Saturday, January 21, 2006

Square Differences. Topic: Inequalities. Level: Olympiad.

Problem: (1975 IMO - #1) We consider two sequences of real numbers $x_{1} \geq x_{2} \geq \ldots \geq x_{n}$ and $\ y_{1} \geq y_{2} \geq \ldots \geq y_{n}$. Let $z_{1}, z_{2}, \ldots, z_{n}$ be a permutation of the numbers $y_{1}, y_{2}, \ldots, y_{n}$. Prove that $\displaystyle \sum \limits_{i=1}^{n} ( x_{i} -\ y_{i} )^{2} \leq \sum \limits_{i=1}^{n} ( x_{i} - z_{i})^{2}$.

Solution: Expanding both sides, we see that

$ \displaystyle \sum x_i^2 $ and $ \displaystyle \sum y_i^2 = \sum z_i^2 $ appear on both sides, so we can cancel them out, leaving

$ \displaystyle -2 \sum x_iy_i \le -2 \sum x_iz_i \Rightarrow \sum x_iy_i \ge \sum x_iz_i $ which is a direct result of the Rearrangement Inequality (easily extended to all reals). QED.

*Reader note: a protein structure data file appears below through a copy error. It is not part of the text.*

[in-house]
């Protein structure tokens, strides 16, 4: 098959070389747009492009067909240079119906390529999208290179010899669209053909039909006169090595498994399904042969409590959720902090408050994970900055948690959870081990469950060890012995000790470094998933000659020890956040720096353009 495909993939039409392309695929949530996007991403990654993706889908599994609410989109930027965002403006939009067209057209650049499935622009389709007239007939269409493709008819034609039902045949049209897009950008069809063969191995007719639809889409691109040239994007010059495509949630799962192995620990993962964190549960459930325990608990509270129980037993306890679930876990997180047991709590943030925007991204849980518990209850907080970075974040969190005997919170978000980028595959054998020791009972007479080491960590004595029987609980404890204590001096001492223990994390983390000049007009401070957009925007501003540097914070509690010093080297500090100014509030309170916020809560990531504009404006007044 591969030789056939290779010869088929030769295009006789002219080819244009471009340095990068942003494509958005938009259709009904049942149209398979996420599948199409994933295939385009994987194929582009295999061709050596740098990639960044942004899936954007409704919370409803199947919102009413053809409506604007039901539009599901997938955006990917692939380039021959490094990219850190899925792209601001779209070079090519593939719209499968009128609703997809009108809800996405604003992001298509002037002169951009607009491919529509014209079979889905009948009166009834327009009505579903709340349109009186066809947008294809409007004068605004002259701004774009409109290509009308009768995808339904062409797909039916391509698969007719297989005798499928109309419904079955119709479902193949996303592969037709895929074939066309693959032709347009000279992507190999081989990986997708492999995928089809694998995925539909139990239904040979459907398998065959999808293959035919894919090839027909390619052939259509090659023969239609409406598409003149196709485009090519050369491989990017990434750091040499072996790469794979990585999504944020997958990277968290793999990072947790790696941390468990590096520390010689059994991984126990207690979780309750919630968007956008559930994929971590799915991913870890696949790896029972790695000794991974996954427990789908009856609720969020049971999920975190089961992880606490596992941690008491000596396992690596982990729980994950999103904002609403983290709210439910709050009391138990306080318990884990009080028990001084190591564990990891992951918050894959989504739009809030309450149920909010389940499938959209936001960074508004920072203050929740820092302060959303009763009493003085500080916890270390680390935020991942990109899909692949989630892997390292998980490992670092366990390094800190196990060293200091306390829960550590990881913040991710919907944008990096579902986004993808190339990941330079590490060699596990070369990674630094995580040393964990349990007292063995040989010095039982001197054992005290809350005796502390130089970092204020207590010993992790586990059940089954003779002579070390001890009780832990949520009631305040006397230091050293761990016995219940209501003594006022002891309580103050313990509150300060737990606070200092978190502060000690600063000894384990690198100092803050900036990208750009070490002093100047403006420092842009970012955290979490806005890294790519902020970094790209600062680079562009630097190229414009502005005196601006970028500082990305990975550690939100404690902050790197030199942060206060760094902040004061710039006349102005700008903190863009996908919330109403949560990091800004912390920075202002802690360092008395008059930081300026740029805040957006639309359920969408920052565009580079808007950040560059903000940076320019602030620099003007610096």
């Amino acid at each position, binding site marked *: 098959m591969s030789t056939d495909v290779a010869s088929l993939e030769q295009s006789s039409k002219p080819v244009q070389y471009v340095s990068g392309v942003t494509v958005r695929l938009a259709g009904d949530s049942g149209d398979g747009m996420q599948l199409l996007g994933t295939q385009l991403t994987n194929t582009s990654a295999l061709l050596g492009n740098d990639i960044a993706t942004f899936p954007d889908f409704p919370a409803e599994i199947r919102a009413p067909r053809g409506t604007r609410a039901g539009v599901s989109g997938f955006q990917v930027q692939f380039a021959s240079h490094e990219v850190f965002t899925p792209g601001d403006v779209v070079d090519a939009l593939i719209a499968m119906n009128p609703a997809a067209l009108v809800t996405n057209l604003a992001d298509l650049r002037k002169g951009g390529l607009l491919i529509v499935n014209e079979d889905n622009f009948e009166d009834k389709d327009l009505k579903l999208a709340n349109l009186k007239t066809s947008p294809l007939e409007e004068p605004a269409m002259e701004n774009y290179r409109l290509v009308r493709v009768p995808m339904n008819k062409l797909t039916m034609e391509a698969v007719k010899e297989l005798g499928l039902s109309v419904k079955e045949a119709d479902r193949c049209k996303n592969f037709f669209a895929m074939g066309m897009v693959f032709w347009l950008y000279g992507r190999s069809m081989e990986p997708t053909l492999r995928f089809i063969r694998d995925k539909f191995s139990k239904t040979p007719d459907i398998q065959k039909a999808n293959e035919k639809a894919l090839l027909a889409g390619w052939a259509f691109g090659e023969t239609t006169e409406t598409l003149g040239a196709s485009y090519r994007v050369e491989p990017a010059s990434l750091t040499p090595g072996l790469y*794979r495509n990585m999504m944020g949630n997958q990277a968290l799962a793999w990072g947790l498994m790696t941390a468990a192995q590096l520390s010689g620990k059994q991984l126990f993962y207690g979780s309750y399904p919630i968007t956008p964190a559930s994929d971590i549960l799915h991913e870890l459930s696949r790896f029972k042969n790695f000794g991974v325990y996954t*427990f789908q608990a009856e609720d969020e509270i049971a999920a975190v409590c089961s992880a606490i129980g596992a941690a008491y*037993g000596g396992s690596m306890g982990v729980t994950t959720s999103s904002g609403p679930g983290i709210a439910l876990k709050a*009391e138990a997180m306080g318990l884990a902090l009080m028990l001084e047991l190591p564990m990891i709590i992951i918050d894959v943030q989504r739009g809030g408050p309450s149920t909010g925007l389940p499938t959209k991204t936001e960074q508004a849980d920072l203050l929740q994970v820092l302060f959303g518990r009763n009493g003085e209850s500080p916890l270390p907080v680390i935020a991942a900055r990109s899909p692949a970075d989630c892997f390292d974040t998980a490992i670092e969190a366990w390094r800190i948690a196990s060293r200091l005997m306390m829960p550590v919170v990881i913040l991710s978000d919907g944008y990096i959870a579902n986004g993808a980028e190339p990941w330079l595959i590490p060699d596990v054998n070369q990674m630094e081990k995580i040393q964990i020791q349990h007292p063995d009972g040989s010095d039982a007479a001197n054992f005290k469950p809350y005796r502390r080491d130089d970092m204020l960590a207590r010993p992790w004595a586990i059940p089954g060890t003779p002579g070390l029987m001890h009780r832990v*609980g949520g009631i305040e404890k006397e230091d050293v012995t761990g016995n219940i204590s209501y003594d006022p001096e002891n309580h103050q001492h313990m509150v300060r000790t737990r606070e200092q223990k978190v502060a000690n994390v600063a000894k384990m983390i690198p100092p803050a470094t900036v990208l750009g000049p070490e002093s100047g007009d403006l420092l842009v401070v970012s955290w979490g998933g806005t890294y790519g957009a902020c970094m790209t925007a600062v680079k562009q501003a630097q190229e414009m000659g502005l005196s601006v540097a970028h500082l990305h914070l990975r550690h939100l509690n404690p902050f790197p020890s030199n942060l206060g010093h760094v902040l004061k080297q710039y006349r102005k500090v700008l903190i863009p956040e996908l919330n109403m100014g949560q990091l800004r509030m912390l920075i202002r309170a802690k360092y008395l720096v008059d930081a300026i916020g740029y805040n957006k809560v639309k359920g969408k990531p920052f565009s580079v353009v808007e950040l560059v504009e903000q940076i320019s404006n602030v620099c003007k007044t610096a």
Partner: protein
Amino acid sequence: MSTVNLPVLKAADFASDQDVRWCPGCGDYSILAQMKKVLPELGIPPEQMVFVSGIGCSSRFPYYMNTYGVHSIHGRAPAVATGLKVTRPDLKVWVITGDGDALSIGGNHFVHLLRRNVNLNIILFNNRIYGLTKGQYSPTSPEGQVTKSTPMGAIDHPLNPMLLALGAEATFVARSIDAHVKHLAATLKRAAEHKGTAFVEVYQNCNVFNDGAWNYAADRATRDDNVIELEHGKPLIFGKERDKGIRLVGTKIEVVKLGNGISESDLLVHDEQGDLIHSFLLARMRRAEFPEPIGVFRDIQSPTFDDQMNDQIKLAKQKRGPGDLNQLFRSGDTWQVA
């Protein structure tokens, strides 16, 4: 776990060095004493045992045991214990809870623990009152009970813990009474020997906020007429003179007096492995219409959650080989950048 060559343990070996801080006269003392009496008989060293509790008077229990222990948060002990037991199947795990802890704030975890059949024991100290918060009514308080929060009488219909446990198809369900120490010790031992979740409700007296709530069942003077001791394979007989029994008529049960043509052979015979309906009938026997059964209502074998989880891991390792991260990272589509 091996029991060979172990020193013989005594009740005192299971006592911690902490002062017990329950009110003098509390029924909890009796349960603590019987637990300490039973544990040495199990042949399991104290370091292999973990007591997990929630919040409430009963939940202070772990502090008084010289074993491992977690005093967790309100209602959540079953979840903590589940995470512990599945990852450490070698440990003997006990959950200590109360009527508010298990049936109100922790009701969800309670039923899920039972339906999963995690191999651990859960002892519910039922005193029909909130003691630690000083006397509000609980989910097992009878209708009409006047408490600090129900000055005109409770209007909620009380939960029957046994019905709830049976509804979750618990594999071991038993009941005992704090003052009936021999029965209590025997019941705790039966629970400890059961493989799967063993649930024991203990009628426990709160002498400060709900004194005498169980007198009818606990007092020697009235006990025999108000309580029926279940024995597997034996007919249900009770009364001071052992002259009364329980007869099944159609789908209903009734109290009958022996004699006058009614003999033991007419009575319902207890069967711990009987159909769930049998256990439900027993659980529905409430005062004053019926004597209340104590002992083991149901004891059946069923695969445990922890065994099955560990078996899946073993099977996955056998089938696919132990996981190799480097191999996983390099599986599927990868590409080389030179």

Comment: Well, I can't say this is the toughest IMO problem ever, but it does teach a few good lessons. One might be inclined to keep the squared differences there because they do look a bit nicer than after expansion. But getting a little messy can sometimes produce exactly the result you want, as it does here. Knowing the Rearrangement Inequality basically gives you the first ideas of an approach which is easy to finish.


Practice Problem: Extend the Rearrangement Inequality to all reals (i.e. show that the proof holds even when there are negative numbers).

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